Home health providers looking to bet the farm that the Patient-Driven Groupings Model (PDGM) goes through in its current form should be warry, industry executives say.
Although it’s important to adjust to the upcoming payment overhaul, the Centers for Medicare & Medicaid Services (CMS) has a history of changing its tune after regulatory actions trigger unforeseen consequences. Under PDGM, just a few of those unforeseen consequences could include a drastic reduction in therapy utilization and diminished home health availability in rural areas.
More broadly, they could even include wholesale access to care issues across the country if large numbers of home health providers are pushed out of business.
“If this hits full force, there will be carnage, unfortunately,” Amedisys Inc. (Nasdaq: AMED) CEO and President Paul Kusserow said in September during the 2019 Home Health Care News Summit in Chicago. “And then there will be a lack of available home health care services.”
Some home health experts predict that up to 30% of agencies could wind up exiting the industry because of PDGM, the most significant payment change since the Prospective Payment System (PPS) was put in place two decades ago.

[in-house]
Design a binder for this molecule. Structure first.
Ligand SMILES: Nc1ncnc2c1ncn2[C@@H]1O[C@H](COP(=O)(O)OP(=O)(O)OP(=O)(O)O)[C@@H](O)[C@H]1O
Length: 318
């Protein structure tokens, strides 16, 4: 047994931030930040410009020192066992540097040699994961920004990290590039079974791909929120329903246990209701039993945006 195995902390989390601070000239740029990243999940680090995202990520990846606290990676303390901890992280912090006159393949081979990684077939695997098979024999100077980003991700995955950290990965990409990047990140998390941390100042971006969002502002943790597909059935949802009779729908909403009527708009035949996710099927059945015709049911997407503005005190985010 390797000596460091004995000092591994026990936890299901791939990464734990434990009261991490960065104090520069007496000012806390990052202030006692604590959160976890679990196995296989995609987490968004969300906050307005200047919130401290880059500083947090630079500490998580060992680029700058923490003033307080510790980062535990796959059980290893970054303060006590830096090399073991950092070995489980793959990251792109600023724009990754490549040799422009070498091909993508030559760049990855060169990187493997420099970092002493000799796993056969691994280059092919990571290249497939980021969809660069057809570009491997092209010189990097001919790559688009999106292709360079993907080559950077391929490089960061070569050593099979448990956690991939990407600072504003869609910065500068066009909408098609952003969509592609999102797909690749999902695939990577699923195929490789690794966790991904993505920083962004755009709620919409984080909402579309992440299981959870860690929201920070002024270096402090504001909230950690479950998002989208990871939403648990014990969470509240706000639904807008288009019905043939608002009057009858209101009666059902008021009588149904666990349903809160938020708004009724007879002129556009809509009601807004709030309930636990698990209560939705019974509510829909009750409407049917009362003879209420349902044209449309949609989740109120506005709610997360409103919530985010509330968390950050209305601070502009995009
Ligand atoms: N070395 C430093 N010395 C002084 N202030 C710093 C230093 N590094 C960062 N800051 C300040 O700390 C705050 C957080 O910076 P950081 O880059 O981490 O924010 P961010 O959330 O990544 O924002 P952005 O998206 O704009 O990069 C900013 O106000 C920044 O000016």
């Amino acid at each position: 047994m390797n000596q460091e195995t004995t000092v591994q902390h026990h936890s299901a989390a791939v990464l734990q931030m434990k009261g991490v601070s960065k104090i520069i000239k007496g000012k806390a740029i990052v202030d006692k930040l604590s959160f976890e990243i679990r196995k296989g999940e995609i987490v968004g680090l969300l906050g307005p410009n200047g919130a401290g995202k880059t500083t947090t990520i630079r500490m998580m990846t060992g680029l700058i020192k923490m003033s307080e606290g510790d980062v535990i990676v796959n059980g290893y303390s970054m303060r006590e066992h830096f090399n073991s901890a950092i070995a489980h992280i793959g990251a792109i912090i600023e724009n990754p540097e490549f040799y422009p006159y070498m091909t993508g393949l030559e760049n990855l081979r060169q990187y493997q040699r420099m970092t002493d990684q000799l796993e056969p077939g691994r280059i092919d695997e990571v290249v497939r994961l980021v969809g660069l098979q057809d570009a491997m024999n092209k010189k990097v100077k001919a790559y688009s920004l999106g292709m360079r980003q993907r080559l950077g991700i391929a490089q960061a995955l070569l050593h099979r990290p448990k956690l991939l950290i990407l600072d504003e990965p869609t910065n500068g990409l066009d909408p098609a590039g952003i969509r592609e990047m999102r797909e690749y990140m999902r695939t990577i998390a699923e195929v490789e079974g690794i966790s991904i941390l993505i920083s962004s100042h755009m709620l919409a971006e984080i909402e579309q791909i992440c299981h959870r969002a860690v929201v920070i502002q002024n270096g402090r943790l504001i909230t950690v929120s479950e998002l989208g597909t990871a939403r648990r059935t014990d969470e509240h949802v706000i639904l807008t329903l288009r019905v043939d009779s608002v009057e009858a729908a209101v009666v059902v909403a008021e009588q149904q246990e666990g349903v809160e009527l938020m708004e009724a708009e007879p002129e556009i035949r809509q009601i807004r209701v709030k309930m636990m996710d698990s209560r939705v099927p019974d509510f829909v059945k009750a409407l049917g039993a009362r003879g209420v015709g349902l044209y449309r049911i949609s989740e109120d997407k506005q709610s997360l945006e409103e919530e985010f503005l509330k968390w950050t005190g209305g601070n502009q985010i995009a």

That figure could be even greater if CMS moves forward with its proposal to eliminate the Requests for Anticipated Payment (RAPs) by 2021. Currently, many home health providers use RAPs to help meet payroll and fund other regular expenses.
Opening up new lines of credit may be an answer for some providers.
However, the majority of the roughly 11,500 agencies in the market don’t have easy access to financing, according to Kusserow.
While all U.S. home health providers will be affected by PDGM, the overhaul’s impact will be magnified in rural areas, thanks to CMS’s plan to cut rural add-on payments until they’re phased out entirely.
Ultimately, if policymakers start receiving phone calls from angry Medicare beneficiaries in North Dakota, Wyoming and other rural states who can’t receive much-needed services, they may have to walk some of their plans back.
“[The] thing I’ve learned about this business and CMS is that the pendulum is always at extremes,” Kusserow said. “If CMS gets its way and does [PDGM as proposed], the pendulum will swing way up.”
Then there will be cases to care issues, and the pendulum will swing the other way.
Founded in 1982 and headquartered in Baton Rouge, Louisiana, Amedisys is a home health, hospice and personal care provider that serves more than 376,000 patients and clients per year.
Overall, the company has roughly 21,000 employees working in 471 care centers in more than three dozen states.